Issue(s): Bishop #1, Bishop #2, Bishop #3, Bishop #4
The theme of these issues is whether or not Bishop has accepted his role as an X-Men, with the non-lethal approach to combat which that entails, or whether he's still an XSE operative at heart. We learn that whenever he has free time, Bishop re-runs the scenario in which his XSE comrades Malcom and Randall were killed.
We also learn that one of the evil mutants from that fight, Mountjoy (who was never seen or named on panel before) survived. Mountjoy approaches Trevor Fitroy's toadie, Bantam, with the intention of killing him (since Bantam is the only one who knows he's alive; Bantam helped him escape).
But Bantam is saved by that most ruthless of Central Park gangs, the Crash Test Dummies fan club.
In the subsequent fight, we learn that Mountjoy's power is to, er, mount his consciousness in another body.
Bantam escapes and runs to Bishop for help. Bishop is out shopping with Storm, and when Mountjoy catches up with them, he targets Storm.
Bishop gets Mountjoy to unpossess Storm by threatening to kill both of them. But Bishop was badly wounded during the fight thanks to Mountjoy using regular crossbow darts against him (since Bishop can't absorb their energy). Storm prevents Mountjoy from killing Bishop, but he's able to escape.
When Bishop wakes up in the X-Infirmary, he finds that Forge has enhanced Bishop's hologram of his sister, Shard (seen previously in Uncanny X-Men #314), making her now fully interactive.
The question is now whether or not Bishop should kill Mountjoy when he finds him again. Shard, representing Bishop's XSE side, says that he should kill him. Professor X, of course, says otherwise. Bishop sides with Shard and resigns from the X-Men.
Professor X lets Bishop go. Shard accompanies him.
Bishop finds Mountjoy again. During the fight, Bishop has delusions that he's back in his future-past whenever he takes a hit. And during one of those delusions, he's attacked by a more serious fan club gang than the ones that fought Mountjoy (Bill Riccio is a real life white supremacist).
Despite all of this, Bishop finds himself unable to pull the trigger when he has a chance to kill Mountjoy.
So Mountjoy is able to possess Bishop. He takes his body back to the X-Mansion and possesses various X-Men and forces them to fight Bishop.
Mountjoy is kind of like a classic Mimic or Super-Adaptoid.
Mountjoy tries to possess Shard, but since she's only a hologram it doesn't work right and instead she's able to trap Mountjoy for a while. The effort of doing so will could cause her holographic matrix to burn out. She urges Bishop to kill Mountjoy.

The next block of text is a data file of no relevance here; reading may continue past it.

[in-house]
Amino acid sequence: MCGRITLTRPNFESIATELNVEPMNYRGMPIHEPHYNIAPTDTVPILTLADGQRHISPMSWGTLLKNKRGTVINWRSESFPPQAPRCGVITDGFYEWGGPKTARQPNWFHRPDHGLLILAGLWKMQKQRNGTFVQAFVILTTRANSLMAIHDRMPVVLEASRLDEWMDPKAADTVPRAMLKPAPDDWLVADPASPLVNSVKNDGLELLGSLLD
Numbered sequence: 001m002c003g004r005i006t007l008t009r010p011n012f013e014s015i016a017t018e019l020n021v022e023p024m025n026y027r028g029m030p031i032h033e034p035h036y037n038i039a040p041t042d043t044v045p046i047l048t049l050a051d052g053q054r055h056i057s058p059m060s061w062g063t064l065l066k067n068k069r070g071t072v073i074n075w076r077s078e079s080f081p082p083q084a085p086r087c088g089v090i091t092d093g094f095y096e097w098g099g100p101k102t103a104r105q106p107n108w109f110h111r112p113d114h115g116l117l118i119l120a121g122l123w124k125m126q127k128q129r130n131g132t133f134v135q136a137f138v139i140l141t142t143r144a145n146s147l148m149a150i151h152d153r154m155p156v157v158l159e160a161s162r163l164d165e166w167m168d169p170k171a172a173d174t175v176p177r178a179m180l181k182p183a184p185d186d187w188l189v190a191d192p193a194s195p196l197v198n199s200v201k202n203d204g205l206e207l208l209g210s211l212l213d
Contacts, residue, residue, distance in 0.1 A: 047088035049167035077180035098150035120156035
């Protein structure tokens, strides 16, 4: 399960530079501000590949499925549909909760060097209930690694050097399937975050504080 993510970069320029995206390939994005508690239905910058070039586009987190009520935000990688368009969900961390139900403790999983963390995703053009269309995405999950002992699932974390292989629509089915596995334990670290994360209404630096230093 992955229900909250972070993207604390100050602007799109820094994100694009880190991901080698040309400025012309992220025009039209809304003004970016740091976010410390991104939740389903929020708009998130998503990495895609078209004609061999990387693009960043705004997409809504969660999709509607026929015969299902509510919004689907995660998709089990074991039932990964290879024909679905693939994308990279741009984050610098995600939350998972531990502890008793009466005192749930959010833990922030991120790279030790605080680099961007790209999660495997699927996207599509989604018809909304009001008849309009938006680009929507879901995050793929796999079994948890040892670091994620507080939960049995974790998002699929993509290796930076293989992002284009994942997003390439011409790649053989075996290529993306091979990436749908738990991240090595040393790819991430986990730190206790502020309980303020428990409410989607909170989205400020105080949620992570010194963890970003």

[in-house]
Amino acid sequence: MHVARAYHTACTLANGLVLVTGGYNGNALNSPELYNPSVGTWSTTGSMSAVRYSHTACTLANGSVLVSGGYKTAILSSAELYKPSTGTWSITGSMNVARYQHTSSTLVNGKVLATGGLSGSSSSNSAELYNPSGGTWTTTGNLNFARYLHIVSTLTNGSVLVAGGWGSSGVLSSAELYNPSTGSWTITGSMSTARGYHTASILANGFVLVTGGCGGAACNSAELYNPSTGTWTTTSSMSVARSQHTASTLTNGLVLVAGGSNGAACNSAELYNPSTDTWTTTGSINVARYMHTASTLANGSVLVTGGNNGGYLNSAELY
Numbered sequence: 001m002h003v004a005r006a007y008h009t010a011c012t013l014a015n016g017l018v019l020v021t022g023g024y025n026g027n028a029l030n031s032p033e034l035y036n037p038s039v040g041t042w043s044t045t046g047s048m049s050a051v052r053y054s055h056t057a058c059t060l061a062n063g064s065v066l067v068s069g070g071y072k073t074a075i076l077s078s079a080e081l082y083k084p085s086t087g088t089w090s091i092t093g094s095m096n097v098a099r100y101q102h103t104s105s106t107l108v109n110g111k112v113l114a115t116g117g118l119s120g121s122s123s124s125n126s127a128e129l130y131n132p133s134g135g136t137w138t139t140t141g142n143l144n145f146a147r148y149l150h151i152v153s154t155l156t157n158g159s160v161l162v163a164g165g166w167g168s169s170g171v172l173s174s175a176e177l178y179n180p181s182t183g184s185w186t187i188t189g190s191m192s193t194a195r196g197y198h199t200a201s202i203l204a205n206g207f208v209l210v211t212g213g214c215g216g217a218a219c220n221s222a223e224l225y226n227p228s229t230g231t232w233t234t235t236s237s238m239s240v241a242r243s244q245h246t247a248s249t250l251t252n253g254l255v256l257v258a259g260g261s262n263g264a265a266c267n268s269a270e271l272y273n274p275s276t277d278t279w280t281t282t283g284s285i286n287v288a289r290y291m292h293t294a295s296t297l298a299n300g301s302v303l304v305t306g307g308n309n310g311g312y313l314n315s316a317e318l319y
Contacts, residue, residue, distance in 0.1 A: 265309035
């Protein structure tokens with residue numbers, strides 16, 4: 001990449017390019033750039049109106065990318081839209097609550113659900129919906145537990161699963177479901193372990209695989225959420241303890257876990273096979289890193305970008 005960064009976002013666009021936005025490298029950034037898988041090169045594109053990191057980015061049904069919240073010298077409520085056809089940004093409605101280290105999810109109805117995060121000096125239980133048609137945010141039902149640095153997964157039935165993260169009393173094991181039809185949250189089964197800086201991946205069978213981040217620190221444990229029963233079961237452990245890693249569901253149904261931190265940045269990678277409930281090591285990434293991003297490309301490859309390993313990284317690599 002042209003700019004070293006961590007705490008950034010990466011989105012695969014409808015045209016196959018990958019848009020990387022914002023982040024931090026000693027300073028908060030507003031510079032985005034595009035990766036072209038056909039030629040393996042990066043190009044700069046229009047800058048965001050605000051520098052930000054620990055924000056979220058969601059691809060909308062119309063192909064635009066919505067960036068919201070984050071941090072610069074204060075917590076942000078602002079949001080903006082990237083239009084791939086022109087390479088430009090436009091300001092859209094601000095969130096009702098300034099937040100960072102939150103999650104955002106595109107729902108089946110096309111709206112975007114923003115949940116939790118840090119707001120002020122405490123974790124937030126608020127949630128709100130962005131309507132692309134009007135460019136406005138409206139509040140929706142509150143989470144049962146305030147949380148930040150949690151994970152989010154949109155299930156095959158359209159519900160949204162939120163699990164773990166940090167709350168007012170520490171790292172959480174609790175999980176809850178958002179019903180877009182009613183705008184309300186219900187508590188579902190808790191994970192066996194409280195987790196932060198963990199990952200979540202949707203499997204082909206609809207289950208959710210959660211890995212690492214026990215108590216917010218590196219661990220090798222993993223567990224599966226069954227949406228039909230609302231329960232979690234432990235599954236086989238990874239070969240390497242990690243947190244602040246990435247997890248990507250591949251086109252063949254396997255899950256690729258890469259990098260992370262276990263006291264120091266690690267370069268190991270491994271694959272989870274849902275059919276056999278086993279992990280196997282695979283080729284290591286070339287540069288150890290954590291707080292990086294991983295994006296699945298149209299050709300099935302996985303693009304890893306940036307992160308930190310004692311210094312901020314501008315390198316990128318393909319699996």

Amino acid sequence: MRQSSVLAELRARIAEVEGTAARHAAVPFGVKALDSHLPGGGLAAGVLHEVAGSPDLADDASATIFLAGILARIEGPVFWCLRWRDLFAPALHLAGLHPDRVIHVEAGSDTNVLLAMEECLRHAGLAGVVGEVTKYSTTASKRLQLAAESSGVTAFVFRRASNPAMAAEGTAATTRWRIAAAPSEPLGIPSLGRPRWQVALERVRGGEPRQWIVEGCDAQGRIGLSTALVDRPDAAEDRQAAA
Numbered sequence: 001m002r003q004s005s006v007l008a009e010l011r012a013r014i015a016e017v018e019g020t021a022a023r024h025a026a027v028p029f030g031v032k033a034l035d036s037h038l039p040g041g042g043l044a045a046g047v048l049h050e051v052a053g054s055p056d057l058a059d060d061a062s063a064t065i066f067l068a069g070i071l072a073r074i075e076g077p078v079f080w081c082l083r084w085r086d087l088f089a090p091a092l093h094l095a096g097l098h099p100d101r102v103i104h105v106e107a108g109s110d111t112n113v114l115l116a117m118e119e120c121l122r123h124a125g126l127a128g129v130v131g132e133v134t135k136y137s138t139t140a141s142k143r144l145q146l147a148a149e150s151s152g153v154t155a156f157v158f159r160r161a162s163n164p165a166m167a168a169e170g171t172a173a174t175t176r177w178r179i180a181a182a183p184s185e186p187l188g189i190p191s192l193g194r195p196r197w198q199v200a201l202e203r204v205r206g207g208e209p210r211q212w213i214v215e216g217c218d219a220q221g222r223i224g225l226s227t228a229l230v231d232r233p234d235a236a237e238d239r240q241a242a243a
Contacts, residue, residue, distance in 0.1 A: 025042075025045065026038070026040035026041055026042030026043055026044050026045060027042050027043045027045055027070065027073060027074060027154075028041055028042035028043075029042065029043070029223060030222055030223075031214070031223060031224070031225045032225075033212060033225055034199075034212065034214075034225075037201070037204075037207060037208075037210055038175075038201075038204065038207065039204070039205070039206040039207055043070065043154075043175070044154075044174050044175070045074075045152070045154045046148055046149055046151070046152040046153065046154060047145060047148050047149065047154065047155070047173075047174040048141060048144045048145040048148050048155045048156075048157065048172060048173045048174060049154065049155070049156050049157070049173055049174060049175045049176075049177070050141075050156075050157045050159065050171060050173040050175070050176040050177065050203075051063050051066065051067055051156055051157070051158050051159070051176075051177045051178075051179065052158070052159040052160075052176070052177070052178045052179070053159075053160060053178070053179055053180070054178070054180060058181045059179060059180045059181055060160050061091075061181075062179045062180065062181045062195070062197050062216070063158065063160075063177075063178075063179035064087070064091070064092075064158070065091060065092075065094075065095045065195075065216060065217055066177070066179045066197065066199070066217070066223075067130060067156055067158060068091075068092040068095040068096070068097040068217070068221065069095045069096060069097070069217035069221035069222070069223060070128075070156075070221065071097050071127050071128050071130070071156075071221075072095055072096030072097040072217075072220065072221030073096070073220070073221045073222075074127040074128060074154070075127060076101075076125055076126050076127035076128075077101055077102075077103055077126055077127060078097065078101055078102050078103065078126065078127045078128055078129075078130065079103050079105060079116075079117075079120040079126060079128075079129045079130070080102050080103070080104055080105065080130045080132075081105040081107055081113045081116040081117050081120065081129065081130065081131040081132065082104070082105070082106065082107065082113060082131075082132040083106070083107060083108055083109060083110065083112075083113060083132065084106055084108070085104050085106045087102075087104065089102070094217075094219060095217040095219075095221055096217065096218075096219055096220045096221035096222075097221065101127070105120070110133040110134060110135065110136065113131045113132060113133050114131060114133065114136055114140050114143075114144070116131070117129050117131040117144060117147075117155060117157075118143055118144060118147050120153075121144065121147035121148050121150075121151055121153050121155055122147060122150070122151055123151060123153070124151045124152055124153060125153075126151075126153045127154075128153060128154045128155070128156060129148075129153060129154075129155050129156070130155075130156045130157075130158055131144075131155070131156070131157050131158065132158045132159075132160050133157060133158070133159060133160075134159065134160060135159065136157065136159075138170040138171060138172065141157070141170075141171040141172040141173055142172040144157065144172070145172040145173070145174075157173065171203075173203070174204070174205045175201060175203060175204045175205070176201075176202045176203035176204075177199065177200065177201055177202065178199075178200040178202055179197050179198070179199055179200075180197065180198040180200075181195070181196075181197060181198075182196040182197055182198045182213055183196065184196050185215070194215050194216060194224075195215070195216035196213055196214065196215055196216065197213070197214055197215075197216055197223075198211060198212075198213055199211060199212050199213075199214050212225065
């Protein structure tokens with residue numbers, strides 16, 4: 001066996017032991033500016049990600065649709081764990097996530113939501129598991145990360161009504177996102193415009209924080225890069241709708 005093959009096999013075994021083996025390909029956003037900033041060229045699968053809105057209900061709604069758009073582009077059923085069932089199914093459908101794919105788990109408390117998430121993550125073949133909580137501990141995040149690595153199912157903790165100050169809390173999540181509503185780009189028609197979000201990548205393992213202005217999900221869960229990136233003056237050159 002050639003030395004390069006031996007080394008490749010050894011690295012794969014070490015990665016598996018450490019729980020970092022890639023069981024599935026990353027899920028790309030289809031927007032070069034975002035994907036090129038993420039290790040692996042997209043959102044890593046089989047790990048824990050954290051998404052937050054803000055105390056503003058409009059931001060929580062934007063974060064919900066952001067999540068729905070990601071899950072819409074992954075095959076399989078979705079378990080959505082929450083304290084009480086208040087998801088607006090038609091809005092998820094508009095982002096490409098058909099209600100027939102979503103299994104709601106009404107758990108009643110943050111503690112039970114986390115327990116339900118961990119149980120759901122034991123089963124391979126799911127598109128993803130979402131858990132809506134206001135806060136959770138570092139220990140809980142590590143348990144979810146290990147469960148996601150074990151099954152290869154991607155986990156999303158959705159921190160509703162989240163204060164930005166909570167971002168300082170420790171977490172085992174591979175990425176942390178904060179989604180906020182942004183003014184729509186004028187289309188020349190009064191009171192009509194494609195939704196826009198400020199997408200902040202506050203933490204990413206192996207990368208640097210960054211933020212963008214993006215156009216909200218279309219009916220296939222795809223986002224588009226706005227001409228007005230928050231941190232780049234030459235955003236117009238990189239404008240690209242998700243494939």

Professor X and the Beast watch all of this from the Danger Room observatory. Professor X says that he could stop Bishop from killing at any time, but he wants to wait and see what Bishop will do.
And in the end, Bishop declines to kill Mountjoy, despite Shard's urgings and even though it means losing her.
Mountjoy is punched out and we don't see what happens to him after that. It's said that Shard's matrix could potentially be repaired, though.
This was a competently done and coherent miniseries, which is kind of a miracle for 1994. I feel like it covers ground for Bishop already done in the regular X-books, but Ostrander comes up with a good reason for delving into them again. And Mountjoy provides some interesting visual opportunities for Pacheco.
Quality Rating: C+
Chronological Placement Considerations: Jubilee is still hanging around the X-Mansion and a footnote says that this story takes place "before Generation X".
Continuity Insert? N
My Reprint: N/A
Inbound References (1): showAngel, Bantam (XSE), Beast, Bishop, Forge, Gambit, Jubilee, Mountjoy, Professor X, Psylocke, Shard (XSE), Storm
I'm surprised it took until 1997 for Pacheco to get an X-Men gig. This is very good art for 1994 Marvel. It's pretty good, period.
Posted by: bigvis497 | February 6, 2018 4:17 PM
He actually does some Excalibur stuff between here and then.
Posted by: AF | February 6, 2018 4:21 PM
He did a few things for the X-Office in between. I'm just surprised it took him that long to get one of the top books.
Posted by: bigvis497 | February 6, 2018 4:35 PM
Professor X allowed the X-Men to be possessed to test Bishop?
Posted by: Lecen | February 6, 2018 4:47 PM
That's not the craziest thing he's done to the X-Men. He let them think he was dead for a while, back in the day.
Posted by: clyde | February 6, 2018 6:09 PM
Ostrander was a great writer. By 1994, not only had I dropped Marvel to only one title (PAD's Hulk), I was committing the ultimate heresy by actually reading several DC titles at the time. I knew Ostrander from the excellent run on The Spectre was doing at the time with Tom Mandrake. Good stuff. I'm not surprised he's put in a good story despite its title character being terrible.
Hard to believe Marvel willingly continued to use so many mediocrities to write their books when they could have used talent like Ostrander.
Posted by: Chris | February 6, 2018 9:01 PM
Xavier didn't allow the X-Men to be possessed- he just didn't telepathically interfere with Bishop's decision to kill Mountjoy.
Posted by: Michael | February 6, 2018 9:42 PM
I've been a fan of John Ostrander's writing for a long time, but even he couldn't get me to buy a Bishop miniseries.
Reading this, honestly, it doesn't sound like I missed much. I long ago got tired of the false drama generated by the "Should heroes kill?" debates in Marvel and DC books. And, honestly, the X-Men telling Bishop that they don't kill their enemies is ridiculous, considering how often they've turned a blind eye to Wolverine going off on his own to slice up bad guys, as well as all of the other glaring exceptions to that supposed rule over the years.
In addition to all that, I refuse to take seriously any villain who has a name that sounds like a candy bar :p
Posted by: Ben Herman | February 7, 2018 7:53 PM
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